Police plan crackdown on 'incel' culture to protect women and girls

Officers want to clamp down on 'misogynistic ideology' online and in public.

Police Scotland to crack down on ‘incel’ culture in bid to protect women and girls

Tackling so-called incel culture is among the actions being considered by police in their strategy to deal with violence against women and girls.

The strategy was presented in a report at the Scottish Police Authority (SPA) policing performance committee on Thursday, with a number of recommendations.

It is based on engagement with the general public, women and girls, survivors of violence, key partners, academics and experts.

Proposals within the strategy include tackling and diverting incel culture through education, delivering trauma-informed training to all police officers and staff, and expanding the use of sexual offences liaison officer-led. visually recorded interviews.

The police report described incel – which stands for involuntary celibates – culture as a “misogynistic ideology” where men believe women are to blame for their lack of intimate relationships and as a result should be verbally, physically or sexually assaulted.

It is a largely online community where “incels” communicate across various platforms in what is referred to as the “manosphere”.

The report said: “We will challenge these unacceptable beliefs and look to establish the scale and potential threat arising from these individuals; improve understanding amongst officers and staff of these issues and work with partners to devise appropriate awareness raising campaigns.”

Some examples of the campaigns include advocating the inclusion of incel culture and violent misogyny within existing cyber choices packages in schools, and in other environments such as higher education and workplaces.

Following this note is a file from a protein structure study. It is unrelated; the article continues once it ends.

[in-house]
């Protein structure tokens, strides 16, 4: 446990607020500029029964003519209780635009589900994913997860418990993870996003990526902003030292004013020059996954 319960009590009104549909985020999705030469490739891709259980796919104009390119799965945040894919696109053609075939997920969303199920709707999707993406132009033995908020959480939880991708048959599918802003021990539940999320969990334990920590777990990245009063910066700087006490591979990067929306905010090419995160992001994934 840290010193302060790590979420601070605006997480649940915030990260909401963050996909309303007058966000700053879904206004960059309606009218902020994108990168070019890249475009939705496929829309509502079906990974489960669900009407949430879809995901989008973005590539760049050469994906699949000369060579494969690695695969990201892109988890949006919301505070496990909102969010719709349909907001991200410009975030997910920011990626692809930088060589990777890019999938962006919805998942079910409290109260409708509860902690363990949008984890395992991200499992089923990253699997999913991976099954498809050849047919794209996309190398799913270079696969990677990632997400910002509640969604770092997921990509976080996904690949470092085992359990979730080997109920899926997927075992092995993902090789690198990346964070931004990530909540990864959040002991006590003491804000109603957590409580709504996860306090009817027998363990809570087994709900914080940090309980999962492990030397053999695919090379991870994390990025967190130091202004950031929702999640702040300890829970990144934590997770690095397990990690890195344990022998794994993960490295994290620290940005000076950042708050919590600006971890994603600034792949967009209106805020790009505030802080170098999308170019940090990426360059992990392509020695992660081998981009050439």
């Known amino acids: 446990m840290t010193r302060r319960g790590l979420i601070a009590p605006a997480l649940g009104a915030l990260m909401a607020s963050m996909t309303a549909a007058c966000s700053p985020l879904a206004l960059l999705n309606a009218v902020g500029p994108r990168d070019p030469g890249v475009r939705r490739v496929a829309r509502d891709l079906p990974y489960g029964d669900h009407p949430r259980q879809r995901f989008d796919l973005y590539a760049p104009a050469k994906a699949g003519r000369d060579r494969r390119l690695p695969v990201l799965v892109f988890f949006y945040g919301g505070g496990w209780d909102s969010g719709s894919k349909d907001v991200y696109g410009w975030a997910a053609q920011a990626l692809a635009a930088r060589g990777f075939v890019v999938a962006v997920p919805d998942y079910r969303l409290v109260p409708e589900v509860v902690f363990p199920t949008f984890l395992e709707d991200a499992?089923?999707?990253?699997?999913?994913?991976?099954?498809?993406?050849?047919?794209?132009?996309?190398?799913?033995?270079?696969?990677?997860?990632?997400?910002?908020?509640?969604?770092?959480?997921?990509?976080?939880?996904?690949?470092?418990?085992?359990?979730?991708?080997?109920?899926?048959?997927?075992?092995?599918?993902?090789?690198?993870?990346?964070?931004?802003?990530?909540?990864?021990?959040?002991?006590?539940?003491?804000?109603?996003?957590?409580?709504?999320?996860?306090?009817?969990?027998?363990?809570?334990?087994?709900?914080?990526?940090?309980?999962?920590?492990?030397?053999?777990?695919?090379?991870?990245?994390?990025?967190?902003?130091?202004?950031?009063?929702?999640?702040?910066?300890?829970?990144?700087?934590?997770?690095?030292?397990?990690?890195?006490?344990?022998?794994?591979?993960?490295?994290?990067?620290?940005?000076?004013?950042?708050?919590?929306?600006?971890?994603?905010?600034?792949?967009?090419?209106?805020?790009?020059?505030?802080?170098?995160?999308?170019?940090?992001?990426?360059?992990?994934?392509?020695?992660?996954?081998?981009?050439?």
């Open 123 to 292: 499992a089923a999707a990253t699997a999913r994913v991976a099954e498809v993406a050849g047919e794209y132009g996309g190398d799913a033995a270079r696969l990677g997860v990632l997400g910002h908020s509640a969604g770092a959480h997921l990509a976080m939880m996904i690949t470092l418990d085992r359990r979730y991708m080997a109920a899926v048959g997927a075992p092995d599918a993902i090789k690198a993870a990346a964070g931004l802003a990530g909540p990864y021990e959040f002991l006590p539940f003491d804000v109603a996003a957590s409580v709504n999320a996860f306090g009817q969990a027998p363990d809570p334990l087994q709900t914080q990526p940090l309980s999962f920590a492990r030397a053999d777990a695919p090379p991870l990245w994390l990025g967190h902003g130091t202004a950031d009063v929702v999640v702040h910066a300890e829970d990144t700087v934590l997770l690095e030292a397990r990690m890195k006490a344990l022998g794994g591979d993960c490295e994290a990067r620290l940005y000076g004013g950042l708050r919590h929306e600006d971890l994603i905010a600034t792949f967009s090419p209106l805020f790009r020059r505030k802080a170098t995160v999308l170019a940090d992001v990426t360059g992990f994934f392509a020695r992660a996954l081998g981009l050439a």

Launching the strategy, deputy chief constable Jane Connors said: “We are committed to creating a society where women and girls live free from violence, abuse, exploitation and harassment.

“We will work with our partners across criminal justice, and support services, to improve the opportunities and support for women to report (crime).

“We are committed to continually improving the service we provide, to build confidence in reporting and in policing more widely. Our service must be trauma-informed, we will prioritise the needs of victims and survivors.

“As an organisation we are not immune from the sexism and misogyny that is at the root of this violence. Our strategy recognises the work that needs to be done internally.

“Our role is crucial, but policing alone cannot stop violence against women and girls. Our strategy outlines the actions we will take as a service, together with our partners.

“We will continue to engage, to work with our partners, to improve our response and to drive the change needed to end violence against women and girls.”

Police said reports of sexual crime and domestic abuse continue to increase and both remain under-reported.

Between April and December last year, reports of overall sexual crime decreased by 4.5% – 510 crimes, from 11,347 to 10,837- when compared to the previous year.

However, reporting of sexual crime increased by 6.6% – up 672 crimes from 10,164 – against the five-year mean.

The strategy will be subject to final discussion by the full SPA board next week.

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